I tried. I really did. But I just couldn’t get excited about the IPL in the end. I know I said I was going to give it a go, and that it promised to be an oasis in a desert of cricketing inactivity, but instead I’ve found myself more interested in watching other sports including, for my sins, the football. Well, I guess one’s team doesn’t beat Liverpool 7-2 every week.
With the Mancs also losing their last Premiership fixture 6-1, one wonders whether this is bad karma for the big two’s absolutely preposterous Project Big Picture proposal? Cricket has its faults for sure but at least we have seen the biggest counties launch a brazen power grab (yet).
Anyway I digress. With the domestic cricket season over and the IPL about as interesting as a Jane Austen novel to a teenage boy, my thoughts are inevitably wandering to England’s winter tours. Will they go ahead? And in what form? Sadly nobody knows exactly what will happen for sure but at least we’re in a position now to make some educated guesses.
So when will we see England take the field again? Fortunately it could be as early as next month. England were due to visit South Africa for a white ball tour in March next year but this looks like it could happen in a few weeks’ time now (after the IPL). It’s likely we’ll see 3 ODIs and 3 T20s.
At first glance it seems a little odd to reschedule this tour. March is six months away and it’s quite possible that the Covid-19 crisis might have waned somewhat by then. However, the reasons why will become apparent below. Basically it’s all about trying to ensure that the England versus India tour goes ahead. And March might prove a rather difficult month to squeeze in a trip to Biltong land.
Sadly the prospects of England playing any more Test cricket this year are slim. However, with England desperate to play India early next year the ECB are trying to arrange a training camp in the UAE next month (or possibly in December) as preparation. This will help our players forget all about slogging and focus on playing straight again.
Meanwhile England’s braintrust can begin to finalise their subcontinental strategies, which will presumably involve a combination of making Keaton Jennings captain, playing six seamers, and asking Ben Foakes to perfect his tea making skills.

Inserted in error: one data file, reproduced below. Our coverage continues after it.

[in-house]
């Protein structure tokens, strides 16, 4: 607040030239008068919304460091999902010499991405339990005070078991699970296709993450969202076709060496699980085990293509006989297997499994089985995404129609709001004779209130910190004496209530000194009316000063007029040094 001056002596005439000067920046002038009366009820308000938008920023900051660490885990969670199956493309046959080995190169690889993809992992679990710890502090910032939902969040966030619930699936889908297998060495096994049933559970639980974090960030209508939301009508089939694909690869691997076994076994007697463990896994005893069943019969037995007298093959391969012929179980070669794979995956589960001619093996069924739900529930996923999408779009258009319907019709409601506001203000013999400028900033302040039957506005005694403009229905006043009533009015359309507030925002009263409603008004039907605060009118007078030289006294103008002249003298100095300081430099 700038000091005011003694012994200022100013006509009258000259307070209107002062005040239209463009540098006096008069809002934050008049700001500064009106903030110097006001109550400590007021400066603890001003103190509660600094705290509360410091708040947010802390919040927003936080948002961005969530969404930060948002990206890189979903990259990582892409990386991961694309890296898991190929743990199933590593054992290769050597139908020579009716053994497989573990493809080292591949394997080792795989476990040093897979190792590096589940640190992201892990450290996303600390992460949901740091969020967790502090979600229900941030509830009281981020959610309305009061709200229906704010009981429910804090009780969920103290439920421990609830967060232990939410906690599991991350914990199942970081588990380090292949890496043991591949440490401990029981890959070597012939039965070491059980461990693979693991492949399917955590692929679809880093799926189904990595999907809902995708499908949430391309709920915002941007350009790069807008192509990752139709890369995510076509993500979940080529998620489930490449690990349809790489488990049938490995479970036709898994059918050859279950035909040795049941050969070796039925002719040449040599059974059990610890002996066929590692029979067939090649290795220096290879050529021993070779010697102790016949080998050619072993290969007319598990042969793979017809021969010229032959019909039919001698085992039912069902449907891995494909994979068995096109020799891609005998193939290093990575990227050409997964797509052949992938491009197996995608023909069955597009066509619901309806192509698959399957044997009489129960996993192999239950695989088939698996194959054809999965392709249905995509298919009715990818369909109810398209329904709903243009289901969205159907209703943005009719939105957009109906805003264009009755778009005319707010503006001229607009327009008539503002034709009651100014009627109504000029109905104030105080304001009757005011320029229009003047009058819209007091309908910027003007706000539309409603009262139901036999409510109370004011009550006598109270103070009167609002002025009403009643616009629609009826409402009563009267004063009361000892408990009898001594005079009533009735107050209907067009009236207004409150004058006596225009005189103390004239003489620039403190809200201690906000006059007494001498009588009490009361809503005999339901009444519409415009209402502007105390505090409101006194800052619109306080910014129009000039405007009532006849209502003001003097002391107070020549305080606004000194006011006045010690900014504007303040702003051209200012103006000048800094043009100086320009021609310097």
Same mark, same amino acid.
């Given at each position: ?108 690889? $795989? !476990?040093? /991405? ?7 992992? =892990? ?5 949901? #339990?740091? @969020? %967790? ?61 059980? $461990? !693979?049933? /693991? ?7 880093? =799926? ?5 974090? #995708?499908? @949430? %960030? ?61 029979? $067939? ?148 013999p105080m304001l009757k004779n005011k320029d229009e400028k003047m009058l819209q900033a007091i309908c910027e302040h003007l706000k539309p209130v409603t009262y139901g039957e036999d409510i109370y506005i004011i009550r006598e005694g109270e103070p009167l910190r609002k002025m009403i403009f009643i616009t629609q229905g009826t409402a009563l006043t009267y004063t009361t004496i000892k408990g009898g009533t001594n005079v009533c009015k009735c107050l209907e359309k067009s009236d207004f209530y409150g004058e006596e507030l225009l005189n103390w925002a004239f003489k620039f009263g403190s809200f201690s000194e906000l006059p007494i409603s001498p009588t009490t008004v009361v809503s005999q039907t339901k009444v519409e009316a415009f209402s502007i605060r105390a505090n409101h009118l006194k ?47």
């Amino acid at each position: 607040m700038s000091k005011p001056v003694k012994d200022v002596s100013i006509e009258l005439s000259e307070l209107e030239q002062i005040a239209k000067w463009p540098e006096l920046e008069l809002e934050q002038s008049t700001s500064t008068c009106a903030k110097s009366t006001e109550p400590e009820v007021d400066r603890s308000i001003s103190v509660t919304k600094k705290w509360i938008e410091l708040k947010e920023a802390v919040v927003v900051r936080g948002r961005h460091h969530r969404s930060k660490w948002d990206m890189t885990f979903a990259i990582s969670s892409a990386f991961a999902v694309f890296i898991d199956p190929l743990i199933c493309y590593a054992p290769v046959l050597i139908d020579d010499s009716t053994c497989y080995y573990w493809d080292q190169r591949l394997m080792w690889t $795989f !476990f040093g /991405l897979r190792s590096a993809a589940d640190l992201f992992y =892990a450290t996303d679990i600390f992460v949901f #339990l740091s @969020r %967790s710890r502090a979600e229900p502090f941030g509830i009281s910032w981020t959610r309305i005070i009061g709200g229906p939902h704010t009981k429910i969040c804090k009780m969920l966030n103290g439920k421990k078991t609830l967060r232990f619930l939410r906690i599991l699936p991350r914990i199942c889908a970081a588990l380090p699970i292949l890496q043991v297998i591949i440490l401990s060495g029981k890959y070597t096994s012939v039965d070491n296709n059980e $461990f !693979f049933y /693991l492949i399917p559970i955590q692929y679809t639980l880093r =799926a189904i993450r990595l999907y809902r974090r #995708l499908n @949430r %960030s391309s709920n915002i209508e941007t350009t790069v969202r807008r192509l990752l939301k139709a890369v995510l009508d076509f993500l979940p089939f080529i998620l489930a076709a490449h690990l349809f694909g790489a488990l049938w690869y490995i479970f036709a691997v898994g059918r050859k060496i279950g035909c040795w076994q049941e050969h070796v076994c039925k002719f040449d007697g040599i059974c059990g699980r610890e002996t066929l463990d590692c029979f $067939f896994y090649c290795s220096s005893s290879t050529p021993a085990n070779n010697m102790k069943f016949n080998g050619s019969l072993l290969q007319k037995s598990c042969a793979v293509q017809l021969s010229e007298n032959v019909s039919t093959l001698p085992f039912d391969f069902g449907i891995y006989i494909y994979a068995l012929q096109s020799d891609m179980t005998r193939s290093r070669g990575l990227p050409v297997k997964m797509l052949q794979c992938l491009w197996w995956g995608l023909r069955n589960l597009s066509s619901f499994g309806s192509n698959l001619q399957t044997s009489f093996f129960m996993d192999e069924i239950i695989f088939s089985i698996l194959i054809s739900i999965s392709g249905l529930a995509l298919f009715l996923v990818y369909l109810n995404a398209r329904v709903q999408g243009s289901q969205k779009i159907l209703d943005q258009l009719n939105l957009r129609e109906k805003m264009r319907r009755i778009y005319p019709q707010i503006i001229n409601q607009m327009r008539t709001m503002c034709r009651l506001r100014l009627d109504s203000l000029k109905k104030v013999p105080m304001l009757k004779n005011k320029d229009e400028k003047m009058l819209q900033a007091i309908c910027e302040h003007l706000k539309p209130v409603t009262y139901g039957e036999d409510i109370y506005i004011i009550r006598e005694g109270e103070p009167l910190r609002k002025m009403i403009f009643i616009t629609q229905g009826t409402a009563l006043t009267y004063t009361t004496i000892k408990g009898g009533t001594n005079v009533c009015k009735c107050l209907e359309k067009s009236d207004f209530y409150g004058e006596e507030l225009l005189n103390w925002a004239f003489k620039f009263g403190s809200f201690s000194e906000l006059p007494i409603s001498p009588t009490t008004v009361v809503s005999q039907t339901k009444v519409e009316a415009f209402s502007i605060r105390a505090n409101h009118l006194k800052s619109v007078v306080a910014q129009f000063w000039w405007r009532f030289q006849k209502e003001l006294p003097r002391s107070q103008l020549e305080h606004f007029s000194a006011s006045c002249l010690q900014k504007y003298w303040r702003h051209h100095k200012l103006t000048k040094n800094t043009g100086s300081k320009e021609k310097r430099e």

The big question mark is when our red ball team will actually play some meaningful cricket. England are supposed to travel to Sri Lanka in January to complete the tour that never really started earlier this year when Covid struck. However, there’s currently a bit of an impasse over quarantine arrangements. Apparently the Sri Lankan government are hard-arses about this and want the England players confined to their hotel rooms for two weeks when they arrive. This is far from ideal because the England players will want to train, and Jofra Archer will probably want to pop home to see his girlfriend at some point.
Personally I think the Sri Lankan authorities are being a bit daft here. England’s players will be tested for Covid regularly so they’ll hardly be a danger to anyone. Who cares if they want to travel to the ground safely to train? However, Bangladesh’s tour to Sri Lanka has already been postponed after a spat over quarantine rules. They couldn’t come to an agreement and the tour was eventually postponed anyway after a player tested positive.
One does wonder, however, whether the ECB’s greater financial clout might persuade the Sri Lankans to compromise. Then again, it wouldn’t surprise me if the Lankans actually want to delay the tour again so it can eventually take place with spectators in attendance. England fans enjoy that part of the world and their presence boosts both ticket sales and general tourism.
Now we move to the big one: England versus India. What exactly is going to happen? Originally England were set to play 5 Test matches this winter against Kohli’s cohort. The plan was to stage some white ball games before the T20 World Cup, adjourn for said T20 World Cup, and then play an extensive Test series thereafter. However, this plan was obviously thrown up in the air a long time ago.
What’s likely to happen now instead is one big tour involving 4 Tests, 3 ODIs, and 3 T20s. And it’s likely to go ahead around February (so after we’ve been to Sri Lanka).
The details, however, including the crucial question of where the series will actually be played, have yet to be finalised. The BCCI obviously want the games to be played in India. But England aren’t keen because Tom Harrison spends all day refreshing the Worldometers coronavirus page every five minutes. I doubt the 75,000 new cases per day currently being reported in India has escaped his attention (although their curve is now heading in the right direction).
The obvious compromise, of course, would be to play in the good old trusty UAE. One imagines conditions will suit India a little better than England out there but it’s probably an easier brief than playing in India itself.
It will be interesting to see how the choice of venue affects the cricket betting. Personally I think England will struggle wherever they play because India quite clearly have better spinners than us. We might also struggle to take T20 wickets if the pitches are typically slow and low. However, at least paying outside India should give us some hope.
The wildcard to throw into the equation at this juncture is whether England can squeeze in a few white ball games in Pakistan while they’re away. The Pakistanis (and the West Indies for that matter) did the ECB a big favour by touring this summer. It would be great if we could pay them back.
It might be a bit early to start anticipating England’s first tour of Pakistan since 2005-06 at this stage but it’s an intriguing and exciting possibility – even if it’s just for a couple of T20s.